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How to prevent Microsoft Access databases from being downloaded

(Kristofer Gafvert, November 5, 2005)

A common question in the public newsgroups is how to protect Microsoft Access (.mdb files) from being downloaded. It is a very important question, because if the database file is downloaded, sensitive data (usernamed and passwords) may be visible to unauthorized people.

There are several ways to prevent downloading of the database file. The best way is to not even make the file downloadable. That is, you place the file outside the home folder of the website. For example if the website's home folder is "D:\customers\2371\web" you can store the database files in the folder "D:\customers\2371\databases". By doing this, nobody can use HTTP to download the file.

Another solution to this problem is to disallow the HTTP GET verb for a specific folder where the database files are stored. Say that your website's home folder is "D:\customers\2371\web" and that the database files are stored in the folder "D:\customers\2371\web\db". In this case the file is placed in a folder that is in the home folder of the website, and the file can be accessed via HTTP. If you however deny GET on this folder, any attempt to download the file via a GET request will fail, and IIS will reply with a "403.2 - Forbidden" message.

To prevent downloads using this method, do this:

  • In IIS Manager, right click the folder "db" and click Properties (if the folder you want to protect is named "db")
  • On the Directory tab, uncheck "Read"

The third solution presented in this article is to use ASP.NET. First you need to configure IIS so that mdb files are mapped to the ASP.NET ISAPI Extension:

  • In IIS Manager, right click the website (or folder) and click Properties
  • Click on the Home Directory (or Directory) tab.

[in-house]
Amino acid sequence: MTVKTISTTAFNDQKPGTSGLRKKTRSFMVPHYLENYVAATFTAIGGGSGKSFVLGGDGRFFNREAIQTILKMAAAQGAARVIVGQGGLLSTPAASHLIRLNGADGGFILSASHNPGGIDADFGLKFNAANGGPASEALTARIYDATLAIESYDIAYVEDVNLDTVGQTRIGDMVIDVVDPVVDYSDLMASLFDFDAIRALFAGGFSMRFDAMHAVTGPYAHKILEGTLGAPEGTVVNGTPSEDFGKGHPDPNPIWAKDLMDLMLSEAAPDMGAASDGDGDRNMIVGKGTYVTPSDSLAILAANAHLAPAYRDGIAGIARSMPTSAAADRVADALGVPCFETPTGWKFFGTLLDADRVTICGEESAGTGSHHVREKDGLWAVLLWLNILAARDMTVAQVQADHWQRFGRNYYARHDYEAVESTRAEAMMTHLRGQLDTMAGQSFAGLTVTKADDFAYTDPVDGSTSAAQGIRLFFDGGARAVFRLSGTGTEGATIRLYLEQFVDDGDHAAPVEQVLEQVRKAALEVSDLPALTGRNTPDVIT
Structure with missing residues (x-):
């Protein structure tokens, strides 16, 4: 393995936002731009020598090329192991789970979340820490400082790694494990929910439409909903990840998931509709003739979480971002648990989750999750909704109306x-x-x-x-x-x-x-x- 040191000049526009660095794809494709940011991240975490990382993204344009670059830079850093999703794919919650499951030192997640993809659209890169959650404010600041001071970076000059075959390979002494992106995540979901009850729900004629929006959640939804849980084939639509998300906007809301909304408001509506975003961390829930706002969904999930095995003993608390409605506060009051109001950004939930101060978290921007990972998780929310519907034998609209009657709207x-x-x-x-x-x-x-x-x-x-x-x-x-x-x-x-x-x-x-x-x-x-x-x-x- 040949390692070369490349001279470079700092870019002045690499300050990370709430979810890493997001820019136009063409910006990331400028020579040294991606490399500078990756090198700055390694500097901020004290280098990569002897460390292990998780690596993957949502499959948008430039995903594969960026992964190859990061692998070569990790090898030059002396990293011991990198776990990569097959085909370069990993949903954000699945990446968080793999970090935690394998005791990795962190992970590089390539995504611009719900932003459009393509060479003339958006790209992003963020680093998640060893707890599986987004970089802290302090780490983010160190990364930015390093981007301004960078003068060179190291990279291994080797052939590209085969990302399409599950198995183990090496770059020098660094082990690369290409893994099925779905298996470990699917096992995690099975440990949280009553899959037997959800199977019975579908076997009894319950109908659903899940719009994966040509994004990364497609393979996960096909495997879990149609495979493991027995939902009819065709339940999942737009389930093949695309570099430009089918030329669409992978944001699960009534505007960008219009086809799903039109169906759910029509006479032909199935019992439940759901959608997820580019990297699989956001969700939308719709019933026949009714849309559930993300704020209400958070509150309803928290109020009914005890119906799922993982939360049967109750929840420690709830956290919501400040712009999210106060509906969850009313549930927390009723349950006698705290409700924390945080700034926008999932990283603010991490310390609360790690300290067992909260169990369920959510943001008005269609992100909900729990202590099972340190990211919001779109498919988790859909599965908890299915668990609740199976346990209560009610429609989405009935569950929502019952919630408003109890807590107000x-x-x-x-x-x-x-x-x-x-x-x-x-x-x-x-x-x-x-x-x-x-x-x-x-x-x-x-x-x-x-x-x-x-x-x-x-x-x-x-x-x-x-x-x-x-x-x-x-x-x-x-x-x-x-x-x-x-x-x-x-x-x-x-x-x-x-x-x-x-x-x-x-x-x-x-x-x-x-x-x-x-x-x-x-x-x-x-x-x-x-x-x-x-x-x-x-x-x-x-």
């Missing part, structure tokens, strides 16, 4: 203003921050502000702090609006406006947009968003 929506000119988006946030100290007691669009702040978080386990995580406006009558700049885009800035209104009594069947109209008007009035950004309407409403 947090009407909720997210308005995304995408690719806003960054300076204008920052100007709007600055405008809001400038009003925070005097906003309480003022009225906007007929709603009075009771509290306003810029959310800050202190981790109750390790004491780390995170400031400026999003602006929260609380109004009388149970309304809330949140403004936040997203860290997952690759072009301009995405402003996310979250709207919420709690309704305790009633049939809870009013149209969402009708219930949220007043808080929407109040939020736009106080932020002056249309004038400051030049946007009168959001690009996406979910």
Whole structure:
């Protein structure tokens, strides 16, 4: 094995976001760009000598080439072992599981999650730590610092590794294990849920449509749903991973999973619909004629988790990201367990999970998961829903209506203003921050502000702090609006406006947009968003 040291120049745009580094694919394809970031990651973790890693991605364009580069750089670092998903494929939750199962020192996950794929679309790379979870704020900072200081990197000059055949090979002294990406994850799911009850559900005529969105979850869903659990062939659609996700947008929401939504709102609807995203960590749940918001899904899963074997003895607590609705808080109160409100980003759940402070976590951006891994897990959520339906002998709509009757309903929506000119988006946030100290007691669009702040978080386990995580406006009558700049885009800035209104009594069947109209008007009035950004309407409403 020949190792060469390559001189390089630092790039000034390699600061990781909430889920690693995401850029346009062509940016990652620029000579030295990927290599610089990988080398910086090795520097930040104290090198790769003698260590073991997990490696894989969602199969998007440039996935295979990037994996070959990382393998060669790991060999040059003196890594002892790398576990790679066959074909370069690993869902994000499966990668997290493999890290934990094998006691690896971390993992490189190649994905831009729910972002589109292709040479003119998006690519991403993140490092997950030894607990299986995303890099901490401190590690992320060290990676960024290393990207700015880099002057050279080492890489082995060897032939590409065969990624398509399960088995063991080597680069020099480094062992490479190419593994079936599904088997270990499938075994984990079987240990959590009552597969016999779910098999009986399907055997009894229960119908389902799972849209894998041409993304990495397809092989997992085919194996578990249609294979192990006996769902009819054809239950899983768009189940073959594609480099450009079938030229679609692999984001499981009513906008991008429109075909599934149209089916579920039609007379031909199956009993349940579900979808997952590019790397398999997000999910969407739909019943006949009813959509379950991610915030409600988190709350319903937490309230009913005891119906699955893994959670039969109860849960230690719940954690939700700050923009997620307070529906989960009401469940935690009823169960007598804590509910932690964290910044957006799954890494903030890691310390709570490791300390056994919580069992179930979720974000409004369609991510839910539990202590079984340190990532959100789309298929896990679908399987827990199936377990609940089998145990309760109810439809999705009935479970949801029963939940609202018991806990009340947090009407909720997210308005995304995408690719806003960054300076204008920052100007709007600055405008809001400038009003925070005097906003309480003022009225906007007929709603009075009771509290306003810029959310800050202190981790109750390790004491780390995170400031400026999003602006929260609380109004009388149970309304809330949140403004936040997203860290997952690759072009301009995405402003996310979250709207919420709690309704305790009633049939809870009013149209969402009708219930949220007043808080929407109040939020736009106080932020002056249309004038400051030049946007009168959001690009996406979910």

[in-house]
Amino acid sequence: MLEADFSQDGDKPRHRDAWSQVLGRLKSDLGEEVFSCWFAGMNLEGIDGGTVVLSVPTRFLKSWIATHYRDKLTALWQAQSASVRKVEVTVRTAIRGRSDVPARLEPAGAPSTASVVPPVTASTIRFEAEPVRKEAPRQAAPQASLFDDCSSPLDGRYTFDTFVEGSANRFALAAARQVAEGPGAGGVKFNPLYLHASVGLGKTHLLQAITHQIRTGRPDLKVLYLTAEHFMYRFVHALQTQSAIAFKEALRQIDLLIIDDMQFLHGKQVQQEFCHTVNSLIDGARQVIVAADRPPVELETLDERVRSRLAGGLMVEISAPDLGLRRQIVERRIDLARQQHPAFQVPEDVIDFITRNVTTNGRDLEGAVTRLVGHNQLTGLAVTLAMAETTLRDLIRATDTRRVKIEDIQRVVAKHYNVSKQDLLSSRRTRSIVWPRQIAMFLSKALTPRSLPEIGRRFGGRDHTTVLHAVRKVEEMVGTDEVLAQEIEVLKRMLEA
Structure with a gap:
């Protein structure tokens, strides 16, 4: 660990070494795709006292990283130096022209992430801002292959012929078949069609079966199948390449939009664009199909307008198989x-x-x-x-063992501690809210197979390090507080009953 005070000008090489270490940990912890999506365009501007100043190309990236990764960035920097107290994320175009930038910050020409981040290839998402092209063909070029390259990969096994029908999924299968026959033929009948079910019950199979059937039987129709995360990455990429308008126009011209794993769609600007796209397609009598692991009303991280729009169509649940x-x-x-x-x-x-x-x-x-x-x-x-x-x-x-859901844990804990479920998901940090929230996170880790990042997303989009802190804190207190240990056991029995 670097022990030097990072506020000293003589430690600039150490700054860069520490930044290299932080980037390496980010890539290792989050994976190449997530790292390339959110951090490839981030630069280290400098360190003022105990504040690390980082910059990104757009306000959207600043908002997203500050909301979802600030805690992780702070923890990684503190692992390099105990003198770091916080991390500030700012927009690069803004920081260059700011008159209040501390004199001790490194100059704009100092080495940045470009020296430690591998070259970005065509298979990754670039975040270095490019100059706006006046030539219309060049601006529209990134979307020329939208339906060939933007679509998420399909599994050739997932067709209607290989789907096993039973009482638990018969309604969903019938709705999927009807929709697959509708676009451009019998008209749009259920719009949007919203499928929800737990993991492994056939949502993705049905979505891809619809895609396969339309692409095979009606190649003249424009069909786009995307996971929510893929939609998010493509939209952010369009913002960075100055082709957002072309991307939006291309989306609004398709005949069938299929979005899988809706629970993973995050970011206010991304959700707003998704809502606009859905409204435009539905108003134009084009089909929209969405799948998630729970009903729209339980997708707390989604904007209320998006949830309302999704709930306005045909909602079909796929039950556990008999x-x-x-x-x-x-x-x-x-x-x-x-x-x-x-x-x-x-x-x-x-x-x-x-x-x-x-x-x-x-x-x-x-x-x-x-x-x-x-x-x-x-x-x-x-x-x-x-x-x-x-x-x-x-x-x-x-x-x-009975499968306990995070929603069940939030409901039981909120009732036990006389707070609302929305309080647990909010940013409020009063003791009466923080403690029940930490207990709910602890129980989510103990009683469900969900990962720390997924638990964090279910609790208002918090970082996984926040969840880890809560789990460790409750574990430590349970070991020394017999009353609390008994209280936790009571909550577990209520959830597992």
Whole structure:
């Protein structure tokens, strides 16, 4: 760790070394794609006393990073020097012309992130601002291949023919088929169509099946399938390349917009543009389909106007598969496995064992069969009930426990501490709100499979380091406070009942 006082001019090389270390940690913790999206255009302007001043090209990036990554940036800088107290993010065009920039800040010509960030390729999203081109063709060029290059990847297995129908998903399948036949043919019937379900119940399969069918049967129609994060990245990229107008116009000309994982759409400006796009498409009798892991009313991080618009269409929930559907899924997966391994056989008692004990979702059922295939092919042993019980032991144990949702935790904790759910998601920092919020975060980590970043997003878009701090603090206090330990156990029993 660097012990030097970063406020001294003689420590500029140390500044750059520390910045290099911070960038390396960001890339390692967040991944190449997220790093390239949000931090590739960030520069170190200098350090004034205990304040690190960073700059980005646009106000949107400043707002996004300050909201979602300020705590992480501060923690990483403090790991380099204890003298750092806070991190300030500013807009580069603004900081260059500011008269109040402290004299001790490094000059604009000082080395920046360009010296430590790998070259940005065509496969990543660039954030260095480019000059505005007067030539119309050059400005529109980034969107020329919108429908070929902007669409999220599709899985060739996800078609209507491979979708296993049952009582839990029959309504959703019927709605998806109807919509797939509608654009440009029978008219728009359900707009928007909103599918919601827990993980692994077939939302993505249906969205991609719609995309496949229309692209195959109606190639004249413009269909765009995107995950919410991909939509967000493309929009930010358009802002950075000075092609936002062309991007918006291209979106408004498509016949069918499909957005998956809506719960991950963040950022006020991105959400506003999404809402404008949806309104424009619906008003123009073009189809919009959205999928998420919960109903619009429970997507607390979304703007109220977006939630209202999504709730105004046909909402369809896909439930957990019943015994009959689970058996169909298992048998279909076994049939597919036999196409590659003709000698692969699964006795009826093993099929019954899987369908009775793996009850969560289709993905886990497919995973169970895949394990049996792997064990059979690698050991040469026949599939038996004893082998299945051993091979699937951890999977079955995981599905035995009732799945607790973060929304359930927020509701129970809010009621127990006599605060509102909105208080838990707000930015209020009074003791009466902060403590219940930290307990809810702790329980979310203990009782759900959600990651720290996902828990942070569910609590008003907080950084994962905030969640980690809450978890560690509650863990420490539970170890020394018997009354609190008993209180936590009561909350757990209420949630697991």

• Click the Configuration button
  • Click the Add button
  • As Executable, select the path to the aspnet_isapi.dll ISAPI (It is probably located in C:\Windows\Microsoft.NET\Framework\\ folder). Hint: copy the path from the aspx application mapping)
  • As extension, type ".mdb" (without the quotes).
  • Uncheck "Verify that file exists"
  • Click Ok

Once this is done, the next step is to map the .mdb extension to the HttpForbiddenHandler HTTP handler. This is done in the web.config file. If you don't already have this file (you don't have any ASP.NET application), you can create this file with the following content. If you already have it, you must add the following to your web.config.

      <add verb="*" path="*.mdb" type="System.Web.HttpForbiddenHandler" />        

If someone requests a file with a mdb extenstion the following message will appear: "This type of page is not served.", and the file will not be served to the web browser.

Which method should I use?

Use the first one (place the file outside the website's home folder) if you can. If this is not possible, deny read permissions on the folder (or file). And if not even that is possible, use ASP.NET.

Are there any other ways?

Yes, you can for example write an ISAPI filter to do this, and you can also use URLScan to deny the .mdb extension.

What if I password protect the database using Access's password protection, am I safe?

No! If someone has been able to download the database file, they can do an offline brute force attack. It is just a matter of time until they have cracked the password for the database.

Applies to [?]

IIS 6.0


RFC 2616, section 9.3: HTTP GET
KB 815152 - HOW TO: Use ASP.NET to Protect File Types